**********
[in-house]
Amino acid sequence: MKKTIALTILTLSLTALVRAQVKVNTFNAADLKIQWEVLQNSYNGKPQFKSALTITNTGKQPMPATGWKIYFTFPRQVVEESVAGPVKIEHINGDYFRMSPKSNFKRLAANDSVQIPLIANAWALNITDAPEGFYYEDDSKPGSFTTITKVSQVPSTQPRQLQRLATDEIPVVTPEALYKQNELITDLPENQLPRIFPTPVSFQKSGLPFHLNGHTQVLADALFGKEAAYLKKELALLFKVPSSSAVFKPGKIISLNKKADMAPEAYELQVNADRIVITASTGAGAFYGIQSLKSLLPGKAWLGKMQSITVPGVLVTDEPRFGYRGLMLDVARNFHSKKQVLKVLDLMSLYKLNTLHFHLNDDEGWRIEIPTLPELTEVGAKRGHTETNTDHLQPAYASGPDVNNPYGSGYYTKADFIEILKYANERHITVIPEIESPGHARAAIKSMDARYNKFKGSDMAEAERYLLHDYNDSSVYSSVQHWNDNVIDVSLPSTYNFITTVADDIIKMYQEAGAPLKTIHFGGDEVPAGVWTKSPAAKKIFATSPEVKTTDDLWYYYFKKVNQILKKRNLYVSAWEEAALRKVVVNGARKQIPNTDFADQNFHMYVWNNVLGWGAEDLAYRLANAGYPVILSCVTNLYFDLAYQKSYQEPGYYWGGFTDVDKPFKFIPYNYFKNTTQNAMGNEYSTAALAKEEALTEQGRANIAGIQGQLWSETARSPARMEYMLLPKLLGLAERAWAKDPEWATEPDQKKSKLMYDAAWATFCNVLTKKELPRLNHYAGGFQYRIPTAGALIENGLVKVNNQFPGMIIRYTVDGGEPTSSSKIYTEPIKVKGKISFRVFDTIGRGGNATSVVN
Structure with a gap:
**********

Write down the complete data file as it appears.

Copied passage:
[in-house]
Amino acid sequence: MKKTIALTILTLSLTALVRAQVKVNTFNAADLKIQWEVLQNSYNGKPQFKSALTITNTGKQPMPATGWKIYFTFPRQVVEESVAGPVKIEHINGDYFRMSPKSNFKRLAANDSVQIPLIANAWALNITDAPEGFYYEDDSKPGSFTTITKVSQVPSTQPRQLQRLATDEIPVVTPEALYKQNELITDLPENQLPRIFPTPVSFQKSGLPFHLNGHTQVLADALFGKEAAYLKKELALLFKVPSSSAVFKPGKIISLNKKADMAPEAYELQVNADRIVITASTGAGAFYGIQSLKSLLPGKAWLGKMQSITVPGVLVTDEPRFGYRGLMLDVARNFHSKKQVLKVLDLMSLYKLNTLHFHLNDDEGWRIEIPTLPELTEVGAKRGHTETNTDHLQPAYASGPDVNNPYGSGYYTKADFIEILKYANERHITVIPEIESPGHARAAIKSMDARYNKFKGSDMAEAERYLLHDYNDSSVYSSVQHWNDNVIDVSLPSTYNFITTVADDIIKMYQEAGAPLKTIHFGGDEVPAGVWTKSPAAKKIFATSPEVKTTDDLWYYYFKKVNQILKKRNLYVSAWEEAALRKVVVNGARKQIPNTDFADQNFHMYVWNNVLGWGAEDLAYRLANAGYPVILSCVTNLYFDLAYQKSYQEPGYYWGGFTDVDKPFKFIPYNYFKNTTQNAMGNEYSTAALAKEEALTEQGRANIAGIQGQLWSETARSPARMEYMLLPKLLGLAERAWAKDPEWATEPDQKKSKLMYDAAWATFCNVLTKKELPRLNHYAGGFQYRIPTAGALIENGLVKVNNQFPGMIIRYTVDGGEPTSSSKIYTEPIKVKGKISFRVFDTIGRGGNATSVVN
Structure with a gap: